Of Auschwitz, Dachau And Molo
The Concentration camps were typically built in a clinical style. It was a field enclosed by mesh fences about 10 metres high. On the outside of the camp were a series of razor wires, each about a metre high. On the inside of the fence was another layer of razor wire, about a metre high. After the razor wire was a barbed wire fence, about ten metres high. After the barbed wire were 1-metre high poles. On those poles, there was a wire interlinking them. At given intervals on the poles were signboard warnings – if you touch or pass the wire that is towards the fences you will be shot. There was a watchtower with an armed soldier and floodlights at intervals. The pit latrines were open roofed and near the watchtower so the guards would monitor us so we would not be tempted to dig escape tunnels under the latrines.
There were also U shaped dorms built on the inner perimeter of the fence. At the centre was an open field, which had two purposes: it was where lorries dropped the incoming detainees and also where the head count was conducted on everyone in the camp, including children and the sick. After the head count, the detainees had to go through another gate to the stores for the food ration of maize meal and beans. For years, that is all we ate. Maizemeal and beans.
We went every day to get our rations after the headcount. If one missed going through they would not eat that day. The adults were sent to labour while the children were left at the camp. Many people and even more children died from disease and malnourishment. I was so traumatised that I was constantly sick and frequently hospitalised.
When I had the opportunity to watch the 1987 British television film – Escape From Sobibór – about the German concentration camps during WWII, I could not see the difference of those German camps and the British concentration camps in Kenya.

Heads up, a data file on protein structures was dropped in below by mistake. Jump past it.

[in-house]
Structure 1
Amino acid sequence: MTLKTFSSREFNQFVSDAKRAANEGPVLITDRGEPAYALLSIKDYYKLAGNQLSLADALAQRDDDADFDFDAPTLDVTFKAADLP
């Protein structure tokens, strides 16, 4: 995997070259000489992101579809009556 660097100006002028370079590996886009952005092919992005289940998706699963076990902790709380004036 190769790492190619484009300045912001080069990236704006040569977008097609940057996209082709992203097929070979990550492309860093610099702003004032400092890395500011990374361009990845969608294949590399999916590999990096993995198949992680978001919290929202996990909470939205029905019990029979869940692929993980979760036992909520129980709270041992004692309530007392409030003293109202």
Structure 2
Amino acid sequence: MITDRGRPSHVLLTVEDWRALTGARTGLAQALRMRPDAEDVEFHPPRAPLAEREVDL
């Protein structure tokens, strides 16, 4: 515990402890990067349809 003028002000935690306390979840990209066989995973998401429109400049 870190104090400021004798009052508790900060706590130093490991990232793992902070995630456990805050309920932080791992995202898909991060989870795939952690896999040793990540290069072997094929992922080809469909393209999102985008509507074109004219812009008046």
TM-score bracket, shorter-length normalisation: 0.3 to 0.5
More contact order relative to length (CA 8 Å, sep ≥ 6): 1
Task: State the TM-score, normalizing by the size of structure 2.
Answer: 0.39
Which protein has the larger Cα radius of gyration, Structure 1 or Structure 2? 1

We stayed in Molo for more than a year then one day we were hauled in trucks and we were moved to an even worse concentration camp in Gilgil town. It was situated where the present police station is. We were there for another year or so.
More deaths occurred. The body count of children grew. More torture, more punishment, more men and women died. Death was constant. It was every day and it was all around. It had become our new normal. My baby sister learned to walk in a concentration camp. My mother did what she could to keep us alive, but it was often no more than a narrow escape from an ever-present death.
The African Inland Mission Eldama Ravine had informed the Kijabe headquarters of our detention and the mission sent a search party to look for its evangelists and their families. They finally received word that we were in Gilgil. They made the necessary interventions so that we could be released into their care. We began what was known as a screening process. The screening was designed to repatriate people to their homelands. We were on the move again, from one screening post to another, ending in Shura, Kiambu, now just a village before the Kikuyu bypass. From there, we were transported to the Kijabe mission station.
We Are Together Again, Just Praising The Lord
The missionaries and colonial government were two arms of one body. Education of the African was designed to prepare Africans to serve the white man. My father told me he was lured to Thogoto Church Missionary Society School as a young man. There were promises of education and more. When he finished at Thogoto, he was sent to Jinn School by the Thogoto (Scottish) missionaries (where the site of the now Mary Leakey School for Girls is) in Lower Kabete to learn how to bake and work in a kitchen. He had no choice. You got what you were informed you got. After completing his course, my father went on to the African Inland Mission in Kijabe, in order to continue his education. It was the Kijabe missionaries who had posted the newly trained evangelist to the Hemphill estate in Mau Summit. His task was to evangelise and to serve his master.